The lead story in the New York Times Election Day, “At Election’s End, A Sunny Tone Meets Dark” was penned by reporter Michael Barbaro, last seen composing a loving vignette of a joyous Hillary Clinton dancing in the rain.
Meanwhile, a Times colleague suggested Sarah Palin and the Tea Party were to blame for the campaign’s dark tone, and even blamed conservative critics of the news media indirectly for alleged death wishes against Obama and Hillary Clinton shouted at GOP campaign rallies.
In Tuesday’s lead slot, Barbaro predictably hopscotched from Clinton to Trump, from sunny and light to dark and grim:
In Philadelphia, Mrs. Clinton drew the biggest crowd of her 19-month campaign to the vast plaza in front of Independence Hall, where Bruce Springsteen, the balladeer of working-class America, rhapsodized about her values and the candidate portrayed herself as a protector of freedom and equality.
Perhaps that had more to do with “free Springsteen concert” than the candidate herself.
The contrasts between the candidates and their messages were on vivid display in the campaign’s last full day.
As she embarked on a four-state tour, Mrs. Clinton gave a sunny and optimistic summation of her candidacy for the White House.
“Tomorrow, you can vote for a hopeful, inclusive, big-hearted America,” she told a crowd in Pittsburgh.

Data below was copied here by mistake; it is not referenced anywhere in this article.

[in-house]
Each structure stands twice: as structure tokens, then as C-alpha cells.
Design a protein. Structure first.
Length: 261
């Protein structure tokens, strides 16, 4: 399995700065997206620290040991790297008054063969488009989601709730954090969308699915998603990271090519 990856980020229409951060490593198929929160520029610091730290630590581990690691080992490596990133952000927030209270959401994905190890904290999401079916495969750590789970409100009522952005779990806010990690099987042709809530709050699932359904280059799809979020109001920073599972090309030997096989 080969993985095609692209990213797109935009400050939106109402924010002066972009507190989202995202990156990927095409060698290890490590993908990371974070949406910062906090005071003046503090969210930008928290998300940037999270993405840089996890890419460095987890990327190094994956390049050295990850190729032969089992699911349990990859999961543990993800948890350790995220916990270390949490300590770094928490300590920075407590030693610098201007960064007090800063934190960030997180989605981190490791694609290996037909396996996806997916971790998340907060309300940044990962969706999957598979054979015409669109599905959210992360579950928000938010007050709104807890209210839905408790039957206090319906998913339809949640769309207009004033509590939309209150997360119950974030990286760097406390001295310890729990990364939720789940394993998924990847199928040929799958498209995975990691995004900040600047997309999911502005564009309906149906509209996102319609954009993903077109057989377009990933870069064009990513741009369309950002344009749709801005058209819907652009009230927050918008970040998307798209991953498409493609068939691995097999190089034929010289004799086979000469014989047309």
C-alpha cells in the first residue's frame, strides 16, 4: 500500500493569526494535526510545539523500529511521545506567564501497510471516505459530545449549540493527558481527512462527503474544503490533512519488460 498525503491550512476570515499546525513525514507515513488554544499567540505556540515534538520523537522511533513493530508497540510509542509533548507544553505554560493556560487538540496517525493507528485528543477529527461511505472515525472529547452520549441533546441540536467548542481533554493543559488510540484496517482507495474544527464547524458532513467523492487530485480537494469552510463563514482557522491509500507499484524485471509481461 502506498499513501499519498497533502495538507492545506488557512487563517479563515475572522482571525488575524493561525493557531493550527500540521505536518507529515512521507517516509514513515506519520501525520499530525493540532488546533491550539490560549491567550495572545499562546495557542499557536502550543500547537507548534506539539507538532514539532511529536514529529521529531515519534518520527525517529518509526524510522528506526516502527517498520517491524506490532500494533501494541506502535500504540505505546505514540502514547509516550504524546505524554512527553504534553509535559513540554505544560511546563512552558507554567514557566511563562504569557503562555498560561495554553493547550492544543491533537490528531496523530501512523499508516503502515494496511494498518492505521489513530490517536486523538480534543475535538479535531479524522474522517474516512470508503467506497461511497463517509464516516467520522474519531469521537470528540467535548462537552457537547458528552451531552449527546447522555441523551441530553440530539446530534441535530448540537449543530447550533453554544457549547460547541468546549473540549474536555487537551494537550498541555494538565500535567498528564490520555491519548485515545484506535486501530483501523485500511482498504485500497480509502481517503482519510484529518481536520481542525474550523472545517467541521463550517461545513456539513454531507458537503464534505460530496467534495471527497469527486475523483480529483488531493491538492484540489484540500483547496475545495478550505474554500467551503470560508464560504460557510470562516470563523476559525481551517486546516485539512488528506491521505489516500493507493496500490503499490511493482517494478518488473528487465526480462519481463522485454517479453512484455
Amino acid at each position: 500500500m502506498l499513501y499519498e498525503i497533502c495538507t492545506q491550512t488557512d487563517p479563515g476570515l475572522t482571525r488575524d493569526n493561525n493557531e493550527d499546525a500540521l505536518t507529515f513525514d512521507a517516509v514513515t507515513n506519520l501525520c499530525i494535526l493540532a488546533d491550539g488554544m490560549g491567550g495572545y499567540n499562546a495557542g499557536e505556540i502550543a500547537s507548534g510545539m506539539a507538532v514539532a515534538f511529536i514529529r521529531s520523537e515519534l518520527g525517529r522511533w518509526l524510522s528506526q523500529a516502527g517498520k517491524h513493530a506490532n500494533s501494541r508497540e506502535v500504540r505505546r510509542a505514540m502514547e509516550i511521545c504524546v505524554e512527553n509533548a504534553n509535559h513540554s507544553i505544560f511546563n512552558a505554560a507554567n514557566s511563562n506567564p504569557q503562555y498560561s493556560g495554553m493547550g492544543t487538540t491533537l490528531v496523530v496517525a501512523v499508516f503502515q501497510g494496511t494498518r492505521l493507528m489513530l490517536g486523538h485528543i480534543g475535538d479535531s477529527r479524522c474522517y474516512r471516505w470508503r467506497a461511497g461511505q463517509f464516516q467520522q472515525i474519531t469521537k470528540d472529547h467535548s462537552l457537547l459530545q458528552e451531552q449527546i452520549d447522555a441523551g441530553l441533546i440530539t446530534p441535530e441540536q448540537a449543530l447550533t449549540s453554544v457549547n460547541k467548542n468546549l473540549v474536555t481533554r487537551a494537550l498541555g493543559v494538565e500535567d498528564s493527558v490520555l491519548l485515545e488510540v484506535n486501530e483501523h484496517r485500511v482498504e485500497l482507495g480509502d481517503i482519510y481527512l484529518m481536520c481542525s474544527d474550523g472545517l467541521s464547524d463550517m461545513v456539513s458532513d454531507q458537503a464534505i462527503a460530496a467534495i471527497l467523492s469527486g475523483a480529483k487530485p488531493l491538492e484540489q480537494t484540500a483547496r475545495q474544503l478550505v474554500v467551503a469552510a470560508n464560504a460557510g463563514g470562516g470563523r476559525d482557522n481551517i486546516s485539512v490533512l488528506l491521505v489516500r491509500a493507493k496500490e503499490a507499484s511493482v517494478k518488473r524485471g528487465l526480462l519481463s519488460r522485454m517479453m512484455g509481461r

Mr. Trump, who campaigned in five states on Monday, took a harsher approach, assailing the “crooked media,” attacking a “corrupt Washington establishment” and mocking Mrs. Clinton over and over.
Barbaro found a fool-proof sign of public service credibility: aggregate Grammies:
Mr. Trump seemed sensitive to the fact that his final 48 hours on the campaign trail lacked the star power drawn to Mrs. Clinton, who was accompanied by musicians like Jay Z, Beyoncé, Lady Gaga and Mr. Springsteen. (Collectively, her surrogates have more than 80 Grammy Awards.)
The lead story in a special Election 2016 pullout section by reporter Matt Flegenheimer, “Earthquake and Aftershock,” slurred Tea Party conservatives while contrasting 2016 to the hopeful tone of 2008 -- when a liberal Democrat just happened to be elected. The text box: “If 2008 is remembered as a moment of progress, 2016 finds the nation taking a long look inward and shuddering.”
It was nearly eight years ago, somehow.
Those who gathered then -- curious, hopeful, freezing -- remember it all: the ocean of faces across the National Mall; the crackling energy, building as they waited; the catharsis of more than a million strangers finding occasion to shiver together, cheer together, cry together after a presidential campaign that had, to them, affirmed the best of America.
“On this day, we come to proclaim an end to the petty grievances and false promises,” President Obama vowed, just after assuming the title, “the recriminations and worn-out dogmas that for far too long have strangled our politics.”
They remember that pledge.
They do not remember why it seemed possible.
And a campaign pocked with racism and sexism, rendered in open view, may well reach this conclusion: Americans replacing their first black chief executive with their first female one.
Flegenheimer ran down the usual liberal suspects: